No Longer Separate but Equal

Chris Nickels

Over the weekend, Latiesha Green — a 22-year-old Syracuse resident — was shot in the chest while inside a parked car. Latiesha, and brother Mark, were leaving a party where, we can guess, they initially hoped for a fun evening out, like most twenty-somethings tend to do with their Friday nights. The Syracuse police report that despite no aggravation, no instigation, no disturbances of any sort, one party-goer decided to fetch a .22-caliber rifle and blow a hole through Latiesha’s torso. The Syracuse police report that the gunman murdered Latiesha because he did not like her sexual orientation.

For over a decade, fear has generated around the subject of same-sex marriage. People cry out that the sanctity of marriage has been on the cusp of annihilation. I am not sure what they are afraid of. Thirty states have banned same-sex marriage outright and 19 states have legislation banning broader forms of partner-recognition. Who really should be afraid?

It is strange to know that I cannot marry, serve in the military, give blood, or adopt children — the latter being true only in the utmost pro-America places, like Arkansas and Utah. Maybe I never planned to do those things at all; maybe I never planned to do those things because — at the moment — they are illegal.

People argue that marriage is not a right, and that passing Proposition 8 reflected that truth. But marriage was a right for same-sex couples in California for several months prior to Proposition 8’s passage. The California Supreme Court called it a right — not that it needed to. Homosexuals do not need courts, or ministers, or politicians to tell them that they have the right to the pursuit of happiness…or to life or to liberty, for that matter. These things are self-evident and inalienable to us all. There are others who say that gay marriages fray the fabric of society; they tear apart families and usurp values. Curiously they forget that gay people — progeny or sans-progeny — have families too: mothers, fathers, brothers, sisters. I hear the term “pansy” tossed around to describe members of the queer community, and I often wonder if the users of the word truly believe that we just sprout out of the ground each spring, don brightly-colored, sequined shirts and head to the nearest night club for techno and cosmopolitans. To lecture the importance of a loving, nurturing family to a group of people who commonly are disowned and castigated by their own families for being gay is redundant. We know. Thanks.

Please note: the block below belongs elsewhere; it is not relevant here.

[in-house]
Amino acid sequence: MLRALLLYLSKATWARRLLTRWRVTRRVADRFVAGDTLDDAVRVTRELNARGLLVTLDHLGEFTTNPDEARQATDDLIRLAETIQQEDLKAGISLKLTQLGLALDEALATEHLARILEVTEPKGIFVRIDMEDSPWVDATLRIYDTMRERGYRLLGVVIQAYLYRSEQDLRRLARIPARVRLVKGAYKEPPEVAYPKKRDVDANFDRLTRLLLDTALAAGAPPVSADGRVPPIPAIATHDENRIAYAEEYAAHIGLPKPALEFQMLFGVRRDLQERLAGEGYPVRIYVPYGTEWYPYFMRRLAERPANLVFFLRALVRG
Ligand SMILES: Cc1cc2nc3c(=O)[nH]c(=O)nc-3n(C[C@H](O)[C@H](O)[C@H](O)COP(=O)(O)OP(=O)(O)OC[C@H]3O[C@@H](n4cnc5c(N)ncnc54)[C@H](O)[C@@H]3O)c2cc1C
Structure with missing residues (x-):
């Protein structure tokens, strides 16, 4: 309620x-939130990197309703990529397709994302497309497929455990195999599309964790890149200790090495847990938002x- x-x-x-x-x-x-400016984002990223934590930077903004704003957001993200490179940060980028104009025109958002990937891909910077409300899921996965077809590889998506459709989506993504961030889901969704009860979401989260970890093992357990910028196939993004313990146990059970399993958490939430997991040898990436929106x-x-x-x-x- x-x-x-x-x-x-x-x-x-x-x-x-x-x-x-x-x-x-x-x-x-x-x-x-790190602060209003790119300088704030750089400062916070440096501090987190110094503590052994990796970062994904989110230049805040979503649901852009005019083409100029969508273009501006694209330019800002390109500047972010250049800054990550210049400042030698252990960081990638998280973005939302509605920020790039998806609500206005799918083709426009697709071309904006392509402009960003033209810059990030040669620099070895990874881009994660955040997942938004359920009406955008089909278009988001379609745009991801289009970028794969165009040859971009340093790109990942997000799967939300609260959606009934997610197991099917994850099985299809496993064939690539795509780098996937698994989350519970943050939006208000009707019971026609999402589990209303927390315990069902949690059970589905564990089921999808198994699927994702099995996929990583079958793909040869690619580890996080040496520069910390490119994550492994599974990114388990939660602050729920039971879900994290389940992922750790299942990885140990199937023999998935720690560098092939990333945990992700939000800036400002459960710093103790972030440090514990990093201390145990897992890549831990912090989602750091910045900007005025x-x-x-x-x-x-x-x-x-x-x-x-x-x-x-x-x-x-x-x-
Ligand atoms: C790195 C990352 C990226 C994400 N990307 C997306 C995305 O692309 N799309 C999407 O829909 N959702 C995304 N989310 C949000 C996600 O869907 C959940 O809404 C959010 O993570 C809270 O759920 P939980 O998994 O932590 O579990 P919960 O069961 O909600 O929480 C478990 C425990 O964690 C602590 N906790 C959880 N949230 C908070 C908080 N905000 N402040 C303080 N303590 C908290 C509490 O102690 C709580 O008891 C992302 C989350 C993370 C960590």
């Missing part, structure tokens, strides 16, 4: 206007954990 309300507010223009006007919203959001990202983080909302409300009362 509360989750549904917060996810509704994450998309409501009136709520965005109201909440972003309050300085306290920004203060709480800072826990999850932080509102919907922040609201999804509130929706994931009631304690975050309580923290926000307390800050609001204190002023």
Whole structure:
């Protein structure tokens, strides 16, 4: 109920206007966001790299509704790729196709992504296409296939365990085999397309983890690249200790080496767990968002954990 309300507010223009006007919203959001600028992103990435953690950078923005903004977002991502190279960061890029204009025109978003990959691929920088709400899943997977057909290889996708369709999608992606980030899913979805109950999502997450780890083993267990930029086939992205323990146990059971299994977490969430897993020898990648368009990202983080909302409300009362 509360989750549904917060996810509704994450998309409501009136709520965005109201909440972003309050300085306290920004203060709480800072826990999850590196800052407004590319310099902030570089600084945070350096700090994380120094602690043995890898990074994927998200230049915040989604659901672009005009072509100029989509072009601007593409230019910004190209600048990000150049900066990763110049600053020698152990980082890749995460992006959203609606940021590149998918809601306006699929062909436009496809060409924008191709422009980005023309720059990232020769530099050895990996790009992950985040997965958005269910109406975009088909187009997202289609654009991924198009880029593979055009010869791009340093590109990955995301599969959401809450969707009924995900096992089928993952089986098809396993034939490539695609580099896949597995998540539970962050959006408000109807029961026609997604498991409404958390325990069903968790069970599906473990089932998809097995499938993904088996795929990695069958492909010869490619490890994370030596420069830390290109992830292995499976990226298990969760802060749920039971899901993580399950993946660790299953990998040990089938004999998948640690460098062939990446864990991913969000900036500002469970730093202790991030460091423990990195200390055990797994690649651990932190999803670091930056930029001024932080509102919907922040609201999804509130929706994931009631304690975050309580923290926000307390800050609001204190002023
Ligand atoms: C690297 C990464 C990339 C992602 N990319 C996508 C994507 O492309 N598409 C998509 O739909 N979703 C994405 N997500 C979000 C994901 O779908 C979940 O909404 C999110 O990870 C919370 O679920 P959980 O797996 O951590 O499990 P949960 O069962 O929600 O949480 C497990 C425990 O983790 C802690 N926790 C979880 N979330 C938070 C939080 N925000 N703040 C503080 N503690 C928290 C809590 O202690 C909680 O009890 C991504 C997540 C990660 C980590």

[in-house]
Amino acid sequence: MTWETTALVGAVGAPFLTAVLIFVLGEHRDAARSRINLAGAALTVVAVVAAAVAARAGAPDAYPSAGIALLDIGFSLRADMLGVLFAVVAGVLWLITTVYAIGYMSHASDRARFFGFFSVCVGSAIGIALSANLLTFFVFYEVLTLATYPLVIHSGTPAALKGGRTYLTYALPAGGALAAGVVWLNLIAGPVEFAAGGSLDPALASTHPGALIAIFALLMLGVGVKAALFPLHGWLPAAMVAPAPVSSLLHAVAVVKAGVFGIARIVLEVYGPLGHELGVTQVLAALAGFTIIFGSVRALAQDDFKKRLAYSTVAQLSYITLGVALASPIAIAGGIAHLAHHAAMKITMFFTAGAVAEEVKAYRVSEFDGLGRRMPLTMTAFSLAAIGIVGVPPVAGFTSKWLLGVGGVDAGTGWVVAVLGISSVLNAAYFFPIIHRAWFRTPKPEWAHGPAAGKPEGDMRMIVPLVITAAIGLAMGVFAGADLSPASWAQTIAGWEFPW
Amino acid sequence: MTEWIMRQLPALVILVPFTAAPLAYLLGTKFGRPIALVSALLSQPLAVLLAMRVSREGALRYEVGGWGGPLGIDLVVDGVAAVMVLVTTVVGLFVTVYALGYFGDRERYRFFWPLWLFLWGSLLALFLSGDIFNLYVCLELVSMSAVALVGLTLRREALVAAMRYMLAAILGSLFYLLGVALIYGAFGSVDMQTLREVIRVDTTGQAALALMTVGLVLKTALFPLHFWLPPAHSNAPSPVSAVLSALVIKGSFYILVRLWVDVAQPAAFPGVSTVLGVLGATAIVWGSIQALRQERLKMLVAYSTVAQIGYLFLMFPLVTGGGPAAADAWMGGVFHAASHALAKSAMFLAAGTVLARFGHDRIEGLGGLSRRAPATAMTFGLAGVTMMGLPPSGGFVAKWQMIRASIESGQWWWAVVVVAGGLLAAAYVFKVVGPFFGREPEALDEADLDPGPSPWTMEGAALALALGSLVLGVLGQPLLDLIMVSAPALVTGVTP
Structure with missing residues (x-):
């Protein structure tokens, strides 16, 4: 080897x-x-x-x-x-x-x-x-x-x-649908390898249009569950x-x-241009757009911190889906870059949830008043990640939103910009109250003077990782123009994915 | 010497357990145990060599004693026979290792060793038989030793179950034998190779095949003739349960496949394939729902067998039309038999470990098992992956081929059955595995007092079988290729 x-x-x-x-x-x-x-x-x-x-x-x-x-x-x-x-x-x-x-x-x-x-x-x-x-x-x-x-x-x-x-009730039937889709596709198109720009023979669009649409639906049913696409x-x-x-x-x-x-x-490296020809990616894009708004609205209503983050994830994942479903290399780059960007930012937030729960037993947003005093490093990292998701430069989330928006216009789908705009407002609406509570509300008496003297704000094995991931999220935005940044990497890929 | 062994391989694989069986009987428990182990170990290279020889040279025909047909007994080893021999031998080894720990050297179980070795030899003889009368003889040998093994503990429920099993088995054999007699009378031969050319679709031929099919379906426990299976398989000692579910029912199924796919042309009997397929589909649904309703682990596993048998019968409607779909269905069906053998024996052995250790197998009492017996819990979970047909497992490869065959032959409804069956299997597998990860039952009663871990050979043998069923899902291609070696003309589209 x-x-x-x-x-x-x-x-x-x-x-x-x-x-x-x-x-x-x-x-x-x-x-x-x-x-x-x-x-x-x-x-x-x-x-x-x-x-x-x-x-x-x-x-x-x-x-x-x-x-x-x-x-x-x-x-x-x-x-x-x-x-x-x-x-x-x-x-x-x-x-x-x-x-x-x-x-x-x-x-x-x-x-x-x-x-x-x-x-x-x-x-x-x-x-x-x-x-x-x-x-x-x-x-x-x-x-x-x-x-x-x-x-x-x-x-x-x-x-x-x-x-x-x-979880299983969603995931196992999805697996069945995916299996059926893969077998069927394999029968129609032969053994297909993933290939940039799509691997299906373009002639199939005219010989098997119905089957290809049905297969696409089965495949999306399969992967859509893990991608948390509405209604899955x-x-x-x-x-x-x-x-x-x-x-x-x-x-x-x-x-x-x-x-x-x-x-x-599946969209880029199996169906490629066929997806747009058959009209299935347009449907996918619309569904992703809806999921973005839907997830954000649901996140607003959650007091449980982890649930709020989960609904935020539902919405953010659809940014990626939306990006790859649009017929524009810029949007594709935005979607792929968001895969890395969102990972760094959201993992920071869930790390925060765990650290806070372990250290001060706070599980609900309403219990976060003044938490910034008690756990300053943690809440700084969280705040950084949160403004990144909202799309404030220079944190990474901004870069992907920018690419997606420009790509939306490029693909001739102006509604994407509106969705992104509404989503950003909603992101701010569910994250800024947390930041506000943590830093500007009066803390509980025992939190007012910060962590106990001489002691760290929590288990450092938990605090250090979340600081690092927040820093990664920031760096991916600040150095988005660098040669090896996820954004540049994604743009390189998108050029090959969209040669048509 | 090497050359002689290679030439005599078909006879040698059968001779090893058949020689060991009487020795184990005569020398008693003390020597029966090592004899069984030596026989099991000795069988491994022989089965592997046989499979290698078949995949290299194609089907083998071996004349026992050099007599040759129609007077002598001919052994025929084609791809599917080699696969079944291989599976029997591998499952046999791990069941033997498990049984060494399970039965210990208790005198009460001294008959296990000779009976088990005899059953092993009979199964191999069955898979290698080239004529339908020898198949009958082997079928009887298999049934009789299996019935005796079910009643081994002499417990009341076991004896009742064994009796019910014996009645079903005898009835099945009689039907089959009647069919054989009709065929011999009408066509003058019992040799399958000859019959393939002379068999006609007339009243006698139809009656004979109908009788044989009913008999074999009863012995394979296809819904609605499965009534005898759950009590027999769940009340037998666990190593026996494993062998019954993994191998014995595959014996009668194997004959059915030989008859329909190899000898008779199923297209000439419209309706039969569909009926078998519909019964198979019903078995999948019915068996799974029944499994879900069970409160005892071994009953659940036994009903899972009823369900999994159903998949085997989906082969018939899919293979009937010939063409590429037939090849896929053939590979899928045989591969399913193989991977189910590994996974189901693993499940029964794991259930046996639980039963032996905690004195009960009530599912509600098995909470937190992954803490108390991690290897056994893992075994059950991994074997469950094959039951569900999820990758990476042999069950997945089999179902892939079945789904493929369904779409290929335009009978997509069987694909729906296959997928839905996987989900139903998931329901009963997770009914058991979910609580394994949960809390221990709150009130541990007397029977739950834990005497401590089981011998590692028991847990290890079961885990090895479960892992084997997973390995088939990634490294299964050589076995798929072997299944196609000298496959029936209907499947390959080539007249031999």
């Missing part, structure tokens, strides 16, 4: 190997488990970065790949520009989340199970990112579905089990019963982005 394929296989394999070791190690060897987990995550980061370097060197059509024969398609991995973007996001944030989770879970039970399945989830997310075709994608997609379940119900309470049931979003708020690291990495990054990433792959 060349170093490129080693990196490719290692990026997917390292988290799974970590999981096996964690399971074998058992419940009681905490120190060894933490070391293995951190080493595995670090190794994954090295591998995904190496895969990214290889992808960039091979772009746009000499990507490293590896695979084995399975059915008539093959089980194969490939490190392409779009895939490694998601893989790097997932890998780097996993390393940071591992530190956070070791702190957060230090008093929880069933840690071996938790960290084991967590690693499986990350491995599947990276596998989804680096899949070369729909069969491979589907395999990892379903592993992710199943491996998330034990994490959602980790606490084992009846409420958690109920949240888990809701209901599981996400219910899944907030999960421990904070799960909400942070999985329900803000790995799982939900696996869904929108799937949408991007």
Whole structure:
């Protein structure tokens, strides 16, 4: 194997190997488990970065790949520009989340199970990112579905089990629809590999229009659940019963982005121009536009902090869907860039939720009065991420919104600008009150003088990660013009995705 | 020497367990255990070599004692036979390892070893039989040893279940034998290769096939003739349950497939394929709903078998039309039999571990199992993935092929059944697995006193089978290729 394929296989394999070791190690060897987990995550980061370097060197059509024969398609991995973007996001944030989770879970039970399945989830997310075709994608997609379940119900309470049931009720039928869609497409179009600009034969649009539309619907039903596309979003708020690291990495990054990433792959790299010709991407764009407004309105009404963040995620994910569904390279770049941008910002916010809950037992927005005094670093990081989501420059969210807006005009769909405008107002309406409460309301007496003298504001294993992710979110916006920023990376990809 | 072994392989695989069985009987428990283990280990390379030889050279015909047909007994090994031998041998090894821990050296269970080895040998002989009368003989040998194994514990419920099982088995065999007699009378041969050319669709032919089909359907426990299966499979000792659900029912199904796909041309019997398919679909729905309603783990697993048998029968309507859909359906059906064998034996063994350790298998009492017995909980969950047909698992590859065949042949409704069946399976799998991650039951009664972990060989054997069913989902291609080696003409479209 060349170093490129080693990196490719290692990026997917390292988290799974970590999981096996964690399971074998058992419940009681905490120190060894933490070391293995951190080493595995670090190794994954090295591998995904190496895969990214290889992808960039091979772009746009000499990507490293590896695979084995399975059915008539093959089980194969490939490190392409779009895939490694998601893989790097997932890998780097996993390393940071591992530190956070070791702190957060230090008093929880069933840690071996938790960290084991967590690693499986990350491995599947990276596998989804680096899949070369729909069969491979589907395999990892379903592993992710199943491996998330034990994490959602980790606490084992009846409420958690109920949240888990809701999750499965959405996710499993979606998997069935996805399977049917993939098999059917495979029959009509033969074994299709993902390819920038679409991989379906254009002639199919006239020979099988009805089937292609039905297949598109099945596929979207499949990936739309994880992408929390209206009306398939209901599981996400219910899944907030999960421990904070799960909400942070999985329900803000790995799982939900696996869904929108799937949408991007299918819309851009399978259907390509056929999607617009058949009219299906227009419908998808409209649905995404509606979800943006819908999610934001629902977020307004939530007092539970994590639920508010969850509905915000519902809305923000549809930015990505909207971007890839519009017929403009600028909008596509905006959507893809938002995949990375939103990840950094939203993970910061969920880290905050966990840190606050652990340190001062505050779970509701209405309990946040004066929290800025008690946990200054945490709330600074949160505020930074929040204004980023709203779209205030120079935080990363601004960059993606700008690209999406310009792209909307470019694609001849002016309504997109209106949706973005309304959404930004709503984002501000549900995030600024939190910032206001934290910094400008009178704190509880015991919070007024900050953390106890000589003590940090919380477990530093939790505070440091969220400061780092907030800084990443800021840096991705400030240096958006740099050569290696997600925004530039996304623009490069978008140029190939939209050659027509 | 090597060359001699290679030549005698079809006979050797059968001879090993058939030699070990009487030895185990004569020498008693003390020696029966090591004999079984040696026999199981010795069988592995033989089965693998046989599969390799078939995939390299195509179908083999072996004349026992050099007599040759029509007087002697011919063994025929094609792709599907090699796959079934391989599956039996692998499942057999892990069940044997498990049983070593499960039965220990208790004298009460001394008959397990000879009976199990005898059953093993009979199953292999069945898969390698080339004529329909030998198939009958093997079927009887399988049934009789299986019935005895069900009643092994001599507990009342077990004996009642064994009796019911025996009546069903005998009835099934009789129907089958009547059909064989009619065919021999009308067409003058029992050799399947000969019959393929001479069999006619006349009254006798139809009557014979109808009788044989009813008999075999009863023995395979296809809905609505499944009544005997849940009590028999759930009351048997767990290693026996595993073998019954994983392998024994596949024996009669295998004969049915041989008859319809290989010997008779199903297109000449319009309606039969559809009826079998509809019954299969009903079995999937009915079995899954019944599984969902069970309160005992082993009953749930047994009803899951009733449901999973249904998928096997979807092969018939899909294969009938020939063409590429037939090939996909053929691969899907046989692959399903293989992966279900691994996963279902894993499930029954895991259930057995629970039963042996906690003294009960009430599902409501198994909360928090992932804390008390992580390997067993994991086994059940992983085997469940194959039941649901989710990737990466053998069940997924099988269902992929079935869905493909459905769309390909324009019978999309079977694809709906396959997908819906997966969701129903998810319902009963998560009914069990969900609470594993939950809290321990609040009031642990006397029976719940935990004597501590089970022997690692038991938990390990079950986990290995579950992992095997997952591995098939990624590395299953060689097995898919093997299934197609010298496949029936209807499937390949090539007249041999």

Some say that marriage is about more than love. Whatever the “more” is, it must be something that homosexuals cannot possess. Still, one wonders… Belgium has allowed same-sex marriages since 2003. Somehow, “Belgium” and “Godless-apocalyptic-hellhole” have failed to become synonymous. In New Hampshire, it is legal for a 13-year-old female to marry a 14-year-old male. Lord knows that it is better for families than the marriage of two financially-stable, middle-aged men.

People would cushion the discrimination via throwbacks to the mindset of “separate-but-equal,” which we thought was put to its death in 1954, but has been reincarnated since in the form of “civil unions” and “domestic partnerships.” Somehow the line: “The happiest day of my life was when I got domestic-partnered” fails to impress. If marriage is about more than love, is it about tax deductions, green cards and alimony? If marriage and family are really the foundations of society, shouldn’t we welcome them for all, irrespective of gender?

Last week, Olivia — the Editor-In-Chief of The Maroon-News — offered her view, and she touched on — rather insightfully — the arguments against the legalization of same-sex marriage. Only one of her claims did I feel was unsubstantiated heavily. Olivia pointed out that a majority of Colgate students support same-sex marriage. She wrote that those students “don’t have a problem with same-sex marriage because it doesn’t affect them.” Olivia wrote that they have an “apathetic attitude.” I disagree.

These supporters are not apathetic. They have well-defined ideas about what is good in this world and what is evil. I think they know that killing a man for being gay is evil. I think they know that killing the hopes and happiness of friends and strangers alike is evil. In an age where overt racism has to appear scrawled on a bathroom stall in the night, it’s strange to think that equally hateful, homophobic speech is spread, overtly, everywhere. Check your nearest bathroom stall for some insight as to how well-regarded LGBTQs are generally. That is what I fear.